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Newtown Father Looks Beyond Investigator's Report

WBUR
Tuesday, November 26, 2013

Robbie Parker’s 6-year-old daughter Emilie was killed at the Sandy Hook elementary school in Newtown, Connecticut last year.

He tells Here & Now’s Robin Young that he’s seen part of the investigative report released yesterday by Connecticut prosecutors, which reveals some chilling details about shooter Adam Lanza, which prompted a new round of grieving within his family.

But Parker says there is a time “to let it go,” and “to live life in a way Emilie would be proud of.”

He’s founded the Emilie Parker Art Connection and co-founded the Safe and Sound school safety initiative.

Interview Highlights: Robbie Parker

On Adam Lanza’s mother giving her son a check to buy a new gun

“That information is new, and every bit of information that you get from any of this, you have to go through that whole kind of grieving process and you have to try and understand it the best you can. You try and make sense of it in your head and then at some point you have to let it go. Because if you sit there and you dwell on it and you try to figure out who to blame or who to point the finger at, it doesn’t change the fact that my daughter is gone or these other kids and teachers are gone.”

On the Safe and Sound school safety initiative

“What transpired after December 14th was, at first there was such a sponsorship of unity and love across the country and everybody’s heart pouring out, and then it was a little terrifying to see how quickly those feelings metastasized into something more bitter and divisive. And gun control was a really, really hot topic. And that is something that I’ve never commented on publicly. Again, it’s not something that I really wanted to get into because it just sponsored so much division amongst people. As the months went on, we realized that nobody was really talking about the school safety aspect of it and changes that could be done immediately and that could take effect. You didn’t have to wait for a politician, you didn’t have to raise money, and you could start right now to make a big difference in the safety of our children.”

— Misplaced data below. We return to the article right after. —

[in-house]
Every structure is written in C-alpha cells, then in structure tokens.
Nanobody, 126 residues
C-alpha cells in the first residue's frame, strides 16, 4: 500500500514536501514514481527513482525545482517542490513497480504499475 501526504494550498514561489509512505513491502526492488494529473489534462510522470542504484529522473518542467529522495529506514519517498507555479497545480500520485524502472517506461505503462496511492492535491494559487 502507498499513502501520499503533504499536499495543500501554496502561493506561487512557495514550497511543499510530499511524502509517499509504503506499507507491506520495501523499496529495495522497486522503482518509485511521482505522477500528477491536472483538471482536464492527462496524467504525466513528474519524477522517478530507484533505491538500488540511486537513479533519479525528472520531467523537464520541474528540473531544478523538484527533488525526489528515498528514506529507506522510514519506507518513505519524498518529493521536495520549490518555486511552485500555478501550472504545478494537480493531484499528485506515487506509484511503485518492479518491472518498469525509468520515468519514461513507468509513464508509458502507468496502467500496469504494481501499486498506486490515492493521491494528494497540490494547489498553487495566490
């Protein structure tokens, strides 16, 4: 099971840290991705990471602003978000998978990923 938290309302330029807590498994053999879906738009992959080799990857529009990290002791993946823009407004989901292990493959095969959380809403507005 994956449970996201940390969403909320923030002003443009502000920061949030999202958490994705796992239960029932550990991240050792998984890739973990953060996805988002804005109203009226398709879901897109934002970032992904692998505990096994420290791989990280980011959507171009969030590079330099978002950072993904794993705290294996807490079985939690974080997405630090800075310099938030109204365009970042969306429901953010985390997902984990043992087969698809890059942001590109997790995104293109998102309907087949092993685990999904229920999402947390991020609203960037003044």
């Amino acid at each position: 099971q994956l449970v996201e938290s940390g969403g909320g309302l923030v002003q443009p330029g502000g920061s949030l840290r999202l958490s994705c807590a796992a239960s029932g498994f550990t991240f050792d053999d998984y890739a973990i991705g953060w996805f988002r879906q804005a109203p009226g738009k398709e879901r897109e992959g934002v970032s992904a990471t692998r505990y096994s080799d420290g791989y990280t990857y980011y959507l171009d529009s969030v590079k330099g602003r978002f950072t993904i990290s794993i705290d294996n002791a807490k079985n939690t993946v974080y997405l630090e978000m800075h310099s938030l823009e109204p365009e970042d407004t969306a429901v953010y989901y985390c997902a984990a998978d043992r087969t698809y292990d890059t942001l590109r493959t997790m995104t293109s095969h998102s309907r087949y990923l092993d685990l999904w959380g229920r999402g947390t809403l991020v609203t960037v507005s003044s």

On how he talks with his two other daughters, who are 4 and 5, about their sister

“That’s probably the thing that has been the biggest weight on my shoulders, as their father, and Alissa’s shoulders as their mother. As far as what you tell them, you be very honest and you be very upfront with them, with their questions that they ask. You answer them and you be honest about it, but obviously at the same time, very age appropriate. And probably the most important thing about that is to make sure that I put myself in the most healthy place possible to know how to process all of these emotions and feelings and anger, so that I am in a good spot and so that when they come to me, that they have that confidence and faith in me that I will be able to give them what they need.”

Guest

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